As there is no effective treatment, the best way to prevent prolapse from occurring is careful and attentive management. Likewise, effective management and swift response is the best course of action if prolapse occurs as it will minimize the effects of further issues that may arise, such as cannibalism. Key aspects to manage pullets correctly are nutrition and light management. It is important in the growing phase to have good growth and uniformity. It is then that the correct nutrition is needed to produce good quality eggs, as well as have the required skeletal and muscle development to handle laying. Balanced feed ratios help sustain egg production and maintain body weights at the recommended levels. If the flock is laying a lot of double-yolked eggs then gently restrict feed intake. Nest boxes need to be well managed too. They need to be dark enough that the hens will be less likely to notice prolapsed vents and managed so that hens are not able to stay in the boxes longer than necessary. There needs to be regular monitoring of flocks to keep an eye on bird behavior and effective management practices.

Photo-stimulation should only occur when the birds reach the required weight and age determined by the breeder. If pullets come into production too early, they will be more susceptible to prolapse, as well as the potential to lay smaller eggs throughout the production cycle. It also may cause health issues across the flock. When approaching the age of planned light stimulation, assess uniformity, and if the flock has a uniformity under 70% delay light stimulation to allow the less developed birds to mature. If underdeveloped birds are given light stimulation too early it increases the risk of prolapse and peritonitis, reduced hatching eggs, a poorer peak and persistency of lay and a more difficult to manage flock. It is important that the light intensity is at the breeder’s recommended level.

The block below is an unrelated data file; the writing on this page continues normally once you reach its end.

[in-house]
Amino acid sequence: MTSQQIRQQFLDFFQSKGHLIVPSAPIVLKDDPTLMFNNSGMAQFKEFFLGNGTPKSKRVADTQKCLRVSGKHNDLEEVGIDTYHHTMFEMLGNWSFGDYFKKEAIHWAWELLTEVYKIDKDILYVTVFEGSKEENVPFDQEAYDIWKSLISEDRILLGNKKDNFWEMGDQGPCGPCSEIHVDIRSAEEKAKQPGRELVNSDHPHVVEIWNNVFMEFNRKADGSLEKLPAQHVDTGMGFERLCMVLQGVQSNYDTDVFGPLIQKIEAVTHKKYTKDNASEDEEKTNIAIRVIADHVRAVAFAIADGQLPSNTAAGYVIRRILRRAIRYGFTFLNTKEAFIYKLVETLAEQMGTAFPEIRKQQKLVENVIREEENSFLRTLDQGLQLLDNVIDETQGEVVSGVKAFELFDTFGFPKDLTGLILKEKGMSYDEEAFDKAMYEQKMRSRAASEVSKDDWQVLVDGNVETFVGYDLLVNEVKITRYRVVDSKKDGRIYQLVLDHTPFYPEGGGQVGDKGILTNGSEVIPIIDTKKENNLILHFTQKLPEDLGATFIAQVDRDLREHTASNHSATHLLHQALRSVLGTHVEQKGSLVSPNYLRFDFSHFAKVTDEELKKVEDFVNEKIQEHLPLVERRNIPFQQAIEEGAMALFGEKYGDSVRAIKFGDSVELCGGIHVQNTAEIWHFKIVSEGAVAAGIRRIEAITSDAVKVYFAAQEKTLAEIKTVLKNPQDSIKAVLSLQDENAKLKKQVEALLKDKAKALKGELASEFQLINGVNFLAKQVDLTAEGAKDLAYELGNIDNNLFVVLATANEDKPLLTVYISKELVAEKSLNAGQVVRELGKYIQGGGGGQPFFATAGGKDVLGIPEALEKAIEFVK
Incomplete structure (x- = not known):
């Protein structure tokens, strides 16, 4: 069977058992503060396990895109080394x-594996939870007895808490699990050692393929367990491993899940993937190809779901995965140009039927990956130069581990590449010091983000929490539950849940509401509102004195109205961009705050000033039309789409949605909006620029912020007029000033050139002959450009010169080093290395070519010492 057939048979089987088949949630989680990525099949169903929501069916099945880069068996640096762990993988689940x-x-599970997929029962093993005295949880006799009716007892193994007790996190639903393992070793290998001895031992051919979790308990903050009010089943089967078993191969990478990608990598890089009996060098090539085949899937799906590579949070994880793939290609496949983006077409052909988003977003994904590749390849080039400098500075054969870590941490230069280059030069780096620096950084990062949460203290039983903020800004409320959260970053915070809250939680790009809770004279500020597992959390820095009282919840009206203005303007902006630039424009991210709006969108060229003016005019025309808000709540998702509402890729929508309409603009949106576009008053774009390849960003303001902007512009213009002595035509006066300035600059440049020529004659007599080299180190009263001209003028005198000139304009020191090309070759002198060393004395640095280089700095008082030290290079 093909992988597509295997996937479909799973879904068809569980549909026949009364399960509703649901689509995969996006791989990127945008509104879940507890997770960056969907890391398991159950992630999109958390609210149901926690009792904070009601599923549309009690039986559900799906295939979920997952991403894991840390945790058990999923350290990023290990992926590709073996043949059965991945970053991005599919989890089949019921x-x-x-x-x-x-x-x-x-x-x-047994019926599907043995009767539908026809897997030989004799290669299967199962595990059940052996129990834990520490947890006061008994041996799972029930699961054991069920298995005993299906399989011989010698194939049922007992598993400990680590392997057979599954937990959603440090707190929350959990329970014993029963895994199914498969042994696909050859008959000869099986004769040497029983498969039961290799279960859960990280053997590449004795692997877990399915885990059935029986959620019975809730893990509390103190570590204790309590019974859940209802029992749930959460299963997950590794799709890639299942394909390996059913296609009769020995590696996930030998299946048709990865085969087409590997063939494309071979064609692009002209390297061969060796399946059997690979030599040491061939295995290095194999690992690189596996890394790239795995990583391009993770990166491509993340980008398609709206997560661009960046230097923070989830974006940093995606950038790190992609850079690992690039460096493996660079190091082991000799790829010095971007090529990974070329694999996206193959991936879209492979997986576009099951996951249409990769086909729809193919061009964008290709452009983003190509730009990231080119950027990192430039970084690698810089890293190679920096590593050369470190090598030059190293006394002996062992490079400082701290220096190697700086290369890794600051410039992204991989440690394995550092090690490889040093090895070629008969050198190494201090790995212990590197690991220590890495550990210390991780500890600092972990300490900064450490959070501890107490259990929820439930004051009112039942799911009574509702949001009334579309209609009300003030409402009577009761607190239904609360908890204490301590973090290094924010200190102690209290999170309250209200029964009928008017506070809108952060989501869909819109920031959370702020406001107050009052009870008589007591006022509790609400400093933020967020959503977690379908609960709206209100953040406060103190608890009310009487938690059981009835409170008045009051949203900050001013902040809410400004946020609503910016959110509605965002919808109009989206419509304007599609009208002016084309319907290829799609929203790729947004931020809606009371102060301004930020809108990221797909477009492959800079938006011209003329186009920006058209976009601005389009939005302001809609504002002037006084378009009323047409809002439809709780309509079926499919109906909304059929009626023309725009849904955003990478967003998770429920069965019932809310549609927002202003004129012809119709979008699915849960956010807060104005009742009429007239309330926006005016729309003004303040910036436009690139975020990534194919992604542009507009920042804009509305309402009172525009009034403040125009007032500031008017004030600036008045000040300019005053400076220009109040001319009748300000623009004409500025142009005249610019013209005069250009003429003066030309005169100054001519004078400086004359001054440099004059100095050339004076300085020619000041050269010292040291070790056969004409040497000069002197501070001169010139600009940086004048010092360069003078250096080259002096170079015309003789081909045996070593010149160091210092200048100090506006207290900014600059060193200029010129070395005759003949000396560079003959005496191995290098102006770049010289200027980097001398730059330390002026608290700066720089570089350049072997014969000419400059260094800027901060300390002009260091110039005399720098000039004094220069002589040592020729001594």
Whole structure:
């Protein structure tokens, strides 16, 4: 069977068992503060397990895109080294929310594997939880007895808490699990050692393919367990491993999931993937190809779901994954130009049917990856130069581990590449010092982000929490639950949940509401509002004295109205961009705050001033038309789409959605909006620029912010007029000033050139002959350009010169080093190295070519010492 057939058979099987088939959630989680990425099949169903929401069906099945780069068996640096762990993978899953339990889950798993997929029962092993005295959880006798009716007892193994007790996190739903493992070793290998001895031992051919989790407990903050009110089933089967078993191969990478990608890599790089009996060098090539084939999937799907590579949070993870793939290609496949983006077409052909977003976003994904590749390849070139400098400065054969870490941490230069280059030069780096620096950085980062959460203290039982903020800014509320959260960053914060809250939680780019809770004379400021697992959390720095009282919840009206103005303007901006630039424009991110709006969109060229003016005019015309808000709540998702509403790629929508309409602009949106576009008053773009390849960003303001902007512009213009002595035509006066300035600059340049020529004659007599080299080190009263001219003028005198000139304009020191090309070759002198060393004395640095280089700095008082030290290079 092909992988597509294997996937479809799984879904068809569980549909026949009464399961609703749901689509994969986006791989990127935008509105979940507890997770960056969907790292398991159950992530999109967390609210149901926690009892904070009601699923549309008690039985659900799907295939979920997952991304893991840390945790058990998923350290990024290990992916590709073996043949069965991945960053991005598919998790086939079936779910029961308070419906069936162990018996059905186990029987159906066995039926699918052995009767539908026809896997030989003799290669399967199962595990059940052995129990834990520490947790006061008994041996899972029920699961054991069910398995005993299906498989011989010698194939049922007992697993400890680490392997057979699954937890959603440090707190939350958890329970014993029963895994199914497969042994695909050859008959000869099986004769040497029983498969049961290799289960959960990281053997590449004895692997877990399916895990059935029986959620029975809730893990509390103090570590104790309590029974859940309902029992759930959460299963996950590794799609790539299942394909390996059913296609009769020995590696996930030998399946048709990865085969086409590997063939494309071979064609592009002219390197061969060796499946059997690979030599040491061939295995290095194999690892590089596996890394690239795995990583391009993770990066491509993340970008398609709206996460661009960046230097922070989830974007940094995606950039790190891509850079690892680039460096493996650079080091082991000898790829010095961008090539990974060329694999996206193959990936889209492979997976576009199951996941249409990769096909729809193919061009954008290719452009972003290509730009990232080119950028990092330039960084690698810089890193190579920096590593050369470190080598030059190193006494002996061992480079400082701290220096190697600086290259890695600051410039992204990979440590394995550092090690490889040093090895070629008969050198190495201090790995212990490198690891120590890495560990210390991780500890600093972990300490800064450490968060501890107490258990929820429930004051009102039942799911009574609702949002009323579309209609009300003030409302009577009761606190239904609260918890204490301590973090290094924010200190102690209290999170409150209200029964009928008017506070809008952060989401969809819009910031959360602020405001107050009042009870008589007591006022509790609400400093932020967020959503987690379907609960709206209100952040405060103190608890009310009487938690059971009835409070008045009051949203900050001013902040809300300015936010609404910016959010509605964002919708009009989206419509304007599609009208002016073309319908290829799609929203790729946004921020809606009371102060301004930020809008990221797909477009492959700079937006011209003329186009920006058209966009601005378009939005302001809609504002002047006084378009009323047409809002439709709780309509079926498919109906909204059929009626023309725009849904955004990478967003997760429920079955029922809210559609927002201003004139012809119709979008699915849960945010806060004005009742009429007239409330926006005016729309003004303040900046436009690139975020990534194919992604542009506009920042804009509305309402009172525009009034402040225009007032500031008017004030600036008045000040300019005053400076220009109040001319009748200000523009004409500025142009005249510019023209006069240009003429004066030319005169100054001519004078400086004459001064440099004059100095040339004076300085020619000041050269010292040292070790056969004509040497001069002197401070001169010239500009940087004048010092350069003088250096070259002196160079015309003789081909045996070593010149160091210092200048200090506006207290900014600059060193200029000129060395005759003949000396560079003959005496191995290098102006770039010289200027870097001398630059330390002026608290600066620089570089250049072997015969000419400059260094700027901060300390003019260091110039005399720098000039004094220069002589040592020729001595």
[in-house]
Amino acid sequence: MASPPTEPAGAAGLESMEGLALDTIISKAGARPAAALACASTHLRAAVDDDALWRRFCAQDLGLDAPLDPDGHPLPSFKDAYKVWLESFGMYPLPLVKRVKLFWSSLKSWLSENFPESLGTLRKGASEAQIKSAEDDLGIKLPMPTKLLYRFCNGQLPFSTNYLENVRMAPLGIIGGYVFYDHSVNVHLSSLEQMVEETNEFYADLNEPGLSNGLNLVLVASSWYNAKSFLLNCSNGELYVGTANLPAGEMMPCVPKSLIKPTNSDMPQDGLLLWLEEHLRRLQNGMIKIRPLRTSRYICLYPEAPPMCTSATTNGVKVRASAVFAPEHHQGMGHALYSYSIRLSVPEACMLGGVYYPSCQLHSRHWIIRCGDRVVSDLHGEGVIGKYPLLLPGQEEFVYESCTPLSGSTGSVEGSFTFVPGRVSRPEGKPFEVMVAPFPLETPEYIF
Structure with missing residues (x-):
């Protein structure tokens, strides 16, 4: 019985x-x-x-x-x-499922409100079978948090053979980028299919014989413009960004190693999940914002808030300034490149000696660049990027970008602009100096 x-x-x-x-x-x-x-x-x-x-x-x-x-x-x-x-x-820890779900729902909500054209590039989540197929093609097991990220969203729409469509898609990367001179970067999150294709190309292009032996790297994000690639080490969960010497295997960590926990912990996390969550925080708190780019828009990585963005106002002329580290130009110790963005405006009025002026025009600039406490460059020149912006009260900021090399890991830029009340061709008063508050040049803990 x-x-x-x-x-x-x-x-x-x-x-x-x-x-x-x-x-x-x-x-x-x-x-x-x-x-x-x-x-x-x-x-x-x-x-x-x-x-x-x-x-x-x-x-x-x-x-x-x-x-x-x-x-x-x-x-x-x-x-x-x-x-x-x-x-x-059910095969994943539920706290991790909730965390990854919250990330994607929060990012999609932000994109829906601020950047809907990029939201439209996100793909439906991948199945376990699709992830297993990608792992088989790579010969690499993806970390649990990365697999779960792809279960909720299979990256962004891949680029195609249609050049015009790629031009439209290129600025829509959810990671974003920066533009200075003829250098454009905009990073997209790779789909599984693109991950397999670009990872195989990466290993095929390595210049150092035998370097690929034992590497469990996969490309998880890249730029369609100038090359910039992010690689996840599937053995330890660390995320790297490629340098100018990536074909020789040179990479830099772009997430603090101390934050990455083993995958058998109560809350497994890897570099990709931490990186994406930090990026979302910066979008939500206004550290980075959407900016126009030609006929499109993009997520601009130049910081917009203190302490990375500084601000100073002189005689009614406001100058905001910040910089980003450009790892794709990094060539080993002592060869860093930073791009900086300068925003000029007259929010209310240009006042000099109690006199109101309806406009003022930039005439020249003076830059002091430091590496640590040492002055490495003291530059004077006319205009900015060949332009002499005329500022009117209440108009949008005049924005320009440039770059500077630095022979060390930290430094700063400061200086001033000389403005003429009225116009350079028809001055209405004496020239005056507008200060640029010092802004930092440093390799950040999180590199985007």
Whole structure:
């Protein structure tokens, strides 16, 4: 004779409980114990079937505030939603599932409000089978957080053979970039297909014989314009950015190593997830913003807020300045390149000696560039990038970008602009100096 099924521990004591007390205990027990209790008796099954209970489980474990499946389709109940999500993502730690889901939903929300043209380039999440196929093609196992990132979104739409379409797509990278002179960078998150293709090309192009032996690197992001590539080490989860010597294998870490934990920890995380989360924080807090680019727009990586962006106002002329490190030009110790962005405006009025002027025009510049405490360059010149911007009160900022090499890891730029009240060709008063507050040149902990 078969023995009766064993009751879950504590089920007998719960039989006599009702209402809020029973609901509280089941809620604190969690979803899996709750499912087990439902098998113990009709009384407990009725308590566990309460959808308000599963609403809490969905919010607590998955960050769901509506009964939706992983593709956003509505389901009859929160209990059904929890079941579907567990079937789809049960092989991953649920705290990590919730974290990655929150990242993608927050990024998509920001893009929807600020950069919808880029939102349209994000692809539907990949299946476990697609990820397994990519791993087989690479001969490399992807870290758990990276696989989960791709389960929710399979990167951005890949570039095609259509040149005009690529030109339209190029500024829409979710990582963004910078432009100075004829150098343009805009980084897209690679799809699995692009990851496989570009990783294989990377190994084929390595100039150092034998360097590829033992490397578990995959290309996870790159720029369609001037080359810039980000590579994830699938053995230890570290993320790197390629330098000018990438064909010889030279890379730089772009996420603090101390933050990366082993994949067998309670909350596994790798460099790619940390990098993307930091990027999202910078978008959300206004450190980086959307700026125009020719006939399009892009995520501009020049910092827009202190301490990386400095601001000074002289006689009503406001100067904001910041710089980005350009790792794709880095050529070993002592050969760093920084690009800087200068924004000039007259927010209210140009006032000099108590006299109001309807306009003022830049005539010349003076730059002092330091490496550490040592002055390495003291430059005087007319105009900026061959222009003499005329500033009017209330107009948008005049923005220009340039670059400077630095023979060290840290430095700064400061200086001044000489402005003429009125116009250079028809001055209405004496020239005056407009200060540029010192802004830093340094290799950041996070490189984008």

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Fulton, R. M. (2017). Causes of Normal Mortality in Commercial Egg-Laying Chickens. Avian Diseases, 61(3), 289–295.


Prolapse Vent in Chickens: Causes & Treatment. *Graphic Photos**